Cass Wheeler: Featured Fundraiser

This month’s Featured Fundraiser is Cass Wheeler, CEO of the American Heart Association and author of a great new book, You’ve Gotta Have Heart.

What kind of fundraising do you do and who do you do it for?

For 35 years I raised funds for the American Heart Association including Major Gifts and Planned Gifts, Special Events, Direct Mail, Bequests, Gala’s, etc.

What keeps you going? Why do you keep working in development?

It is the dollars that fuel all the other life saving programs of the American Heart Association. These programs change lives and save lives. As with any organization, donations bring you closer to achieving your long range goals and ultimately your mission. Now I want to continue helping non profits achieve their goals because I believe that if we are to have a vital America, we need a vibrant non profit sector. Volunteering is a foundation of our American culture. Imagine if tomorrow all non profits (zoos, shelters, community hospitals, boys and girls clubs, museums, symphonies, houses of worship, etc) disappeared. How different our world would be. It’s a sector that is worth preserving and it begins with adequate funding as an enabler.

<h3?What tips/advice do you have to other fundraisers in your field?

Focus, focus, focus. Don’t spread yourself too thin. Your organization should identify 4-7 fundraisers where you think you can excel and perhaps be world class. For each, look within your organization and outside for benchmarks and best practices. Develop rock solid execution plans to drive toward these best practices. Know what works and what doesn’t and provide in-depth training for volunteers and staff. Set long range goals and build a strong case for support based on your mission and strategic plan showing the difference your organization can make. Manage and monitor closely as it is usually the problems you don’t know about that will hurt you the most. Do potential problem analysis to identify what could derail your plans and then define what you can do upfront to minimize possible problems. You will also need to develop contingency plans, if in fact, things do go wrong, but it is better to try and deal with issues up front so that they don’t become a reality.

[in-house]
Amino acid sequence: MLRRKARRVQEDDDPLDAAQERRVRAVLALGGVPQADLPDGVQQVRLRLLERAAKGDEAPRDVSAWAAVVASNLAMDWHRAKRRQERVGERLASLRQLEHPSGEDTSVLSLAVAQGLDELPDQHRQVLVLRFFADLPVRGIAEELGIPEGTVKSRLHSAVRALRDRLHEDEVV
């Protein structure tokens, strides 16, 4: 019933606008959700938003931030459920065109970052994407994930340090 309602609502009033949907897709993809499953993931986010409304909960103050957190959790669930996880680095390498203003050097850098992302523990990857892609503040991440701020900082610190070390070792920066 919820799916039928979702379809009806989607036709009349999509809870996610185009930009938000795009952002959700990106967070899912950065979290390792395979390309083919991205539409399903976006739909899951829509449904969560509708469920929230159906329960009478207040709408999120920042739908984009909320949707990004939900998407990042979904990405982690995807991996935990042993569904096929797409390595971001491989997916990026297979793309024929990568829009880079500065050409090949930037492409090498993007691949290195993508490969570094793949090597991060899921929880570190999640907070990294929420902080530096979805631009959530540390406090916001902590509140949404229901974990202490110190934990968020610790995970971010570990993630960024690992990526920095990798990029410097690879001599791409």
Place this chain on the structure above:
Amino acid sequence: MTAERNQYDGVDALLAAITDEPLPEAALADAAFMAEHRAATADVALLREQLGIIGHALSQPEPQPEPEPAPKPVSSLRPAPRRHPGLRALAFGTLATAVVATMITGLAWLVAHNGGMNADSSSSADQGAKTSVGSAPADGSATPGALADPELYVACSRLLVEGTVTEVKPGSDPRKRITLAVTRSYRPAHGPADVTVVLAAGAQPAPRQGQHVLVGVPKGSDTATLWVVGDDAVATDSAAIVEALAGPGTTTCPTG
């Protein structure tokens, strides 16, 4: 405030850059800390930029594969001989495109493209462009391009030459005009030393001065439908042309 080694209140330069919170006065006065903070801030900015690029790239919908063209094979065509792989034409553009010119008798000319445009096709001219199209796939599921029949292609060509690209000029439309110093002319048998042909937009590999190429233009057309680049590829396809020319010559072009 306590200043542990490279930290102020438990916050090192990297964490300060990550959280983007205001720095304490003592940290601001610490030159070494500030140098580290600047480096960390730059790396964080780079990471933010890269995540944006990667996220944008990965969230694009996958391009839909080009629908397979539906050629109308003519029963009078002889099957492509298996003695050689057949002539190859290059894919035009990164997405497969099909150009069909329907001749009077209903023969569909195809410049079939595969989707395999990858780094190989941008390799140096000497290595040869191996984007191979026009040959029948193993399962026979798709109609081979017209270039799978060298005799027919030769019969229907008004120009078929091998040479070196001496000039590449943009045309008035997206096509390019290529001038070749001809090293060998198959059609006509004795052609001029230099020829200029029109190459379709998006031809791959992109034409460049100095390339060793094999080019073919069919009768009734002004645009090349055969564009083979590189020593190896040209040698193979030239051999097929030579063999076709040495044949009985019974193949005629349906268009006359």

Do you have any memorable donor visits or solicitations that you’d like to share?

Making my first major gifts ask some 30 years ago while flying across Texas in the prospect’s private jet. And best of all, he said “yes” and gave the amount I asked for.

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